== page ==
Passionate Love: Like a Drug, or Mental Illness
In fact, passionate love is like a drug. Or a mental illness.
Researchers asked volunteers to look at photos of their partners. Those in passionate love responded in ways similar to drug addiction, as captured in brain imaging. Lead researcher, Helen Fisher, commented, “When I first started looking at the properties of infatuation,” she said, “they had some of the same elements of a cocaine high: sleeplessness, loss of a sense of time, absolute focus on love to the detriment of all around you.”
According to Psychology Today, a brain chemical connected to falling in love rises with infatuation, heightening euphoria and excitement.
Meanwhile, brain areas that control impulses, fear and negativity become less active. Obsession and reckless behavior increase. As Dr. Fisher put it, “Infatuation can overtake the rational parts of your brain.” Passionate love resembling mental illness.
The turbulent times are marked by ecstasy and fulfillment when love is returned; but sadness and despair when it is not.
Over time passionate love settles a bit. Not a bad thing, really, for who can function drug-addicted and mentally ill?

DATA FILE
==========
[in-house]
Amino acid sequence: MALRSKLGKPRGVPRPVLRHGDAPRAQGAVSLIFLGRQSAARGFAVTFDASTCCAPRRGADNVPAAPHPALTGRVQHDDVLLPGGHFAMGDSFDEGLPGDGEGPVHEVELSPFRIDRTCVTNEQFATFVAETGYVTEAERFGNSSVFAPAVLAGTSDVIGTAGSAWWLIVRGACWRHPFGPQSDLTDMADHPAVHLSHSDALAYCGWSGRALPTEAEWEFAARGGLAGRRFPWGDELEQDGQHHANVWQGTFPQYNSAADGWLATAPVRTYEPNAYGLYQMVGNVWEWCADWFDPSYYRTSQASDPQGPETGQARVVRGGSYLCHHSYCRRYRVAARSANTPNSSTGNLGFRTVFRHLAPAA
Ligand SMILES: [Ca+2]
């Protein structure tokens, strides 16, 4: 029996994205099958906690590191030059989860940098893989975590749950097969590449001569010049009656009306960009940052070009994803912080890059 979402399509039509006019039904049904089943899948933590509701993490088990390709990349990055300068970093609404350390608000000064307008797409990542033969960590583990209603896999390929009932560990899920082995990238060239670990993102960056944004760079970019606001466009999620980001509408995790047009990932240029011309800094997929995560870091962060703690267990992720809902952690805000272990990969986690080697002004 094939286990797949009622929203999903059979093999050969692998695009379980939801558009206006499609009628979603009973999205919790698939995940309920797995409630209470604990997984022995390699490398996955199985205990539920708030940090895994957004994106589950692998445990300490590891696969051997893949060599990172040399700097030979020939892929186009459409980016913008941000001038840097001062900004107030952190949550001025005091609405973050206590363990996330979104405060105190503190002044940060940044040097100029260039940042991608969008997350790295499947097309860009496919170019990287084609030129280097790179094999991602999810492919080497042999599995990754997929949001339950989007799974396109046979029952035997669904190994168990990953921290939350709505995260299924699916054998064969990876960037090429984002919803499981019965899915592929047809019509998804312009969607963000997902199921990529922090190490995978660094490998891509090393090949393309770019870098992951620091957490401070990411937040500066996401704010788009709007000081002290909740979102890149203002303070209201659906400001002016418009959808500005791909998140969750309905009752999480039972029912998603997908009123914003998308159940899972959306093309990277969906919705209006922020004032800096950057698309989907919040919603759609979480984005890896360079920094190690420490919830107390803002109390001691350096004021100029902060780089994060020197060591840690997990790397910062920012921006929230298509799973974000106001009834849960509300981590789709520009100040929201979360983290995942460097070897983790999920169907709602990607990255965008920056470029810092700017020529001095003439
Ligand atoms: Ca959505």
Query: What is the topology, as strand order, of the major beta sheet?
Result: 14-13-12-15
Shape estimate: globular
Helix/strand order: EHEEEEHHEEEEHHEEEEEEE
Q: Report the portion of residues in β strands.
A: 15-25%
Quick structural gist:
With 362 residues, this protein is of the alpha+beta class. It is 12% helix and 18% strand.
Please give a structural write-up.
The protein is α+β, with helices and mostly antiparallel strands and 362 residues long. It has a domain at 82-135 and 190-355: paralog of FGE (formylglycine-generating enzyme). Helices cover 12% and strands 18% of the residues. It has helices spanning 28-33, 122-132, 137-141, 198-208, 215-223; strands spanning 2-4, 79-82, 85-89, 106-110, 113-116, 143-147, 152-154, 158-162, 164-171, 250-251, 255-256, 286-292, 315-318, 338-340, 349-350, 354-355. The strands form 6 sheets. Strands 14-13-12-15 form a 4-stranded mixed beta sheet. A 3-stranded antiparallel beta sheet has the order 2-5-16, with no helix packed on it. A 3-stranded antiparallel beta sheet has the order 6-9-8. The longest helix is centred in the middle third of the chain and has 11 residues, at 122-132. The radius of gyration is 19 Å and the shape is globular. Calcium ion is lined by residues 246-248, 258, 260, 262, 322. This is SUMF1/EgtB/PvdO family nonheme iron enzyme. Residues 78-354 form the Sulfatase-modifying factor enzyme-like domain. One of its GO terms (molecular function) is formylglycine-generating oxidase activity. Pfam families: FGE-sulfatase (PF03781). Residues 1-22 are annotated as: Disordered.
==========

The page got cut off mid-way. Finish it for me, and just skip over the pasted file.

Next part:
Something is lost, but something may also be gained as greater intimacy and commitment join passionate affection, rounding out the three pillars of love, which psychologist, Robert Sternberg has identified in his “triangular theory of love.”
Sternberg calls love that is marked only by “intimacy,” but not passion or commitment, “liking love,” or good friends.
When love consists only of “commitment,” nothing but duty keeps a couple together. He calls this “empty love.”
But when intimacy and commitment meet passion, a couple moves into “consummate love,” the best of all worlds.
Few couples continually stay in a state of consuming love. And many will go through various loving styles as feelings rise, fall, and rise again.
Perhaps the trick is going with the flow and creating ways to enliven the relationship.